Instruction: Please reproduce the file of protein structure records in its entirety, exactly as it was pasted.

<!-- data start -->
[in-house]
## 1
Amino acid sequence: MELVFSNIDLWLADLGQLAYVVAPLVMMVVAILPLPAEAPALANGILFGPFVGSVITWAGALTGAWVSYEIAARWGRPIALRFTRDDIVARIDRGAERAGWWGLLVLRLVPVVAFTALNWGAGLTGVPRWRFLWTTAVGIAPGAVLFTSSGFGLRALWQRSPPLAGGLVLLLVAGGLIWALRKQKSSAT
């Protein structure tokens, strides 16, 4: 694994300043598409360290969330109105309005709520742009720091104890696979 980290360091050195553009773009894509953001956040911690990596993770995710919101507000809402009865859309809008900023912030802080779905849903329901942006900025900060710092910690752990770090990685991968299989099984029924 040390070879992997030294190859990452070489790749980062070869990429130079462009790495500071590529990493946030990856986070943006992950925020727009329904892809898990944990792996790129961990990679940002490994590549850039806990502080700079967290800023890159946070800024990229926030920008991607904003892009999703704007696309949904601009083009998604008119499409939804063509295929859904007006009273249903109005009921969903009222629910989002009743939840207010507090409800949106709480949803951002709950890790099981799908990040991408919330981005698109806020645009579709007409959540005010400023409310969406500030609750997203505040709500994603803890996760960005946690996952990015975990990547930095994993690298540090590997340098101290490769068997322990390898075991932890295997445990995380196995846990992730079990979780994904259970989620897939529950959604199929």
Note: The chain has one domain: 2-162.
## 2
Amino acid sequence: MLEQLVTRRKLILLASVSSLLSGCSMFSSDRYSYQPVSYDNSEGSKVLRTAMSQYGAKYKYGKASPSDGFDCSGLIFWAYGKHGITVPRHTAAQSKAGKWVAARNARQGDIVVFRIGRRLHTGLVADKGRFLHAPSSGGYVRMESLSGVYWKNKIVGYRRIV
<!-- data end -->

[in-house]
## 1
Amino acid sequence: MELVFSNIDLWLADLGQLAYVVAPLVMMVVAILPLPAEAPALANGILFGPFVGSVITWAGALTGAWVSYEIAARWGRPIALRFTRDDIVARIDRGAERAGWWGLLVLRLVPVVAFTALNWGAGLTGVPRWRFLWTTAVGIAPGAVLFTSSGFGLRALWQRSPPLAGGLVLLLVAGGLIWALRKQKSSAT
């Protein structure tokens, strides 16, 4: 694994300043598409360290969330109105309005709520742009720091104890696979 980290360091050195553009773009894509953001956040911690990596993770995710919101507000809402009865859309809008900023912030802080779905849903329901942006900025900060710092910690752990770090990685991968299989099984029924 040390070879992997030294190859990452070489790749980062070869990429130079462009790495500071590529990493946030990856986070943006992950925020727009329904892809898990944990792996790129961990990679940002490994590549850039806990502080700079967290800023890159946070800024990229926030920008991607904003892009999703704007696309949904601009083009998604008119499409939804063509295929859904007006009273249903109005009921969903009222629910989002009743939840207010507090409800949106709480949803951002709950890790099981799908990040991408919330981005698109806020645009579709007409959540005010400023409310969406500030609750997203505040709500994603803890996760960005946690996952990015975990990547930095994993690298540090590997340098101290490769068997322990390898075991932890295997445990995380196995846990992730079990979780994904259970989620897939529950959604199929």
Note: The chain has one domain: 2-162.
## 2
Amino acid sequence: MLEQLVTRRKLILLASVSSLLSGCSMFSSDRYSYQPVSYDNSEGSKVLRTAMSQYGAKYKYGKASPSDGFDCSGLIFWAYGKHGITVPRHTAAQSKAGKWVAARNARQGDIVVFRIGRRLHTGLVADKGRFLHAPSSGGYVRMESLSGVYWKNKIVGYRRIV